TERRY Cooper delivered a glowing tribute to Sergeant Cecil this week after announcing the retirement of his staying star.

The Dorset businessman has owned the nine-year-old from a foal and watched him develop into a Group One winner whom the public took to their hearts.

He became the first horse in turf history to land the Northumberland Plate, the Ebor Handicap and the Cesarewitch in the same season and was voted 2005 Horse of the Year.

Cooper, from Stubhampton near Blandford, said: "He was not just the horse of a lifetime but of a dozen lifetimes - he has been absolutely fantastic and it has been a privilege to own him.

"Cecil has taken me to places I never thought I would go to and has enabled me to meet people I would never have met. As a horse he is a real gentleman with a lovely temperament and a sound constitution.

"Of all his victories the Northumberland Plate will always be my favourite because it was such a big surprise, so unexpected.

"We thought after that he would not improve any more. I didn't dream he would win the Ebor at York or carry 9st 8lb to victory in the Cesarewitch at Newmarket in the autumn of the same year. It seemed the further we ran him the better he got."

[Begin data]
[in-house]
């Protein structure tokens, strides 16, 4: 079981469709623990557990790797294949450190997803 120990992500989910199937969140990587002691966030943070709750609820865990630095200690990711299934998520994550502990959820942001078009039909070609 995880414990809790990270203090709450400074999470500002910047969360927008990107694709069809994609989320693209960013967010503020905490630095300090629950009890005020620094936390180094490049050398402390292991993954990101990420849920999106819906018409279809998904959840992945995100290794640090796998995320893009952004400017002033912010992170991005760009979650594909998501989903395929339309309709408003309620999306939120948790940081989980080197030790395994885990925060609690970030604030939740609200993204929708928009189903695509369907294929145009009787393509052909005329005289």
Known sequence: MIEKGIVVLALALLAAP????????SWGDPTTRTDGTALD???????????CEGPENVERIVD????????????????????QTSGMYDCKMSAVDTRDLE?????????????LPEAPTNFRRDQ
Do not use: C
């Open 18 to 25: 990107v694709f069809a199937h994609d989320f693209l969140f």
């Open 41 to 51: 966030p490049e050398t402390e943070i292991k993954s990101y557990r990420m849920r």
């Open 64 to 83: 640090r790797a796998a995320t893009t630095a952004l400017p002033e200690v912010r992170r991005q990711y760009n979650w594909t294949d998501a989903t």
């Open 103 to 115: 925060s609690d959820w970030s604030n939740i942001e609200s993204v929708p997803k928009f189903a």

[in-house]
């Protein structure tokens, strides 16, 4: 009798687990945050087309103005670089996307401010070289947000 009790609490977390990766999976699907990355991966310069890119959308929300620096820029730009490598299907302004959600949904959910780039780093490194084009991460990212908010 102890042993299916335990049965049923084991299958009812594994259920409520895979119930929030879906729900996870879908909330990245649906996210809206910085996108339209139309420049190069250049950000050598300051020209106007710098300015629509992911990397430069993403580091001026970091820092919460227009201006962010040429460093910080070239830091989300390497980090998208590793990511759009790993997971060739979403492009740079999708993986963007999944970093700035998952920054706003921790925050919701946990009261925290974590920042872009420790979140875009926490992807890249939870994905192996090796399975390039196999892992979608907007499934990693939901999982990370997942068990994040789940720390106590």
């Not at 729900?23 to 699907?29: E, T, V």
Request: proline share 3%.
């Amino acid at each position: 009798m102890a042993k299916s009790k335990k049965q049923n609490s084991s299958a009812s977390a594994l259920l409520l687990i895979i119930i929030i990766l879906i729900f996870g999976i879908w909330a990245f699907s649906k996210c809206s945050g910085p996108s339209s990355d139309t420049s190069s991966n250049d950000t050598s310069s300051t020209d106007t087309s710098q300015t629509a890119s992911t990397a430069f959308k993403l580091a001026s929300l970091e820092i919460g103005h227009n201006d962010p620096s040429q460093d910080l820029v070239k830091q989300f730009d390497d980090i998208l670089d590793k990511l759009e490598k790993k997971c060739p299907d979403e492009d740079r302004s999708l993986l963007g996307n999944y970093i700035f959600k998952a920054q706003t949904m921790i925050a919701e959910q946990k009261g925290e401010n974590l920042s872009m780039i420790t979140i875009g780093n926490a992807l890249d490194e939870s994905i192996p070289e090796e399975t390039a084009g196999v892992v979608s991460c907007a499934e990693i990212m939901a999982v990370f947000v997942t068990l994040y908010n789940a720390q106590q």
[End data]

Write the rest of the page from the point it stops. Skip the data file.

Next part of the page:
That 2005 season was Sergeant Cecil's farewell to handicap company, his final 18 races being at group level apart from one listed two-miler.

The son of sprinter King's Signet won four group races, the pinnacle being that electrifying performance in the Group One Prix du Cadran at Longchamp, Paris, on Arc de Triomphe day in 2006 with Frankie Dettori on board.

Cooper said: "He has always had a turn of foot but the gear he found in the final furlong that day he has never shown before or since - Frankie said he took off like a sprinter who had only run a couple of furlongs."

Sergeant Cecil's record from 53 outings reads 10 wins, 14 seconds and four third places with prize money exceeding £828,000. He was trained for virtually all his career by Rod Millman at Cullompton, Devon.

Though Sergeant Cecil's racing days are over, new horizons beckon as a National Stud celebrity - or in the dressage arena.

Having been gelded early in his life there is no stallion potential but the National Stud wants the horse as a tourist attraction at its Newmarket headquarters in Suffolk and to be paraded before important races around the country.

With his striking appearance and good paces, Sergeant Cecil is also being eyed as the type to be trained as a dressage horse. There is interest in taking him down that route and this is another option for Cooper, who has retired his pride and joy fit and healthy.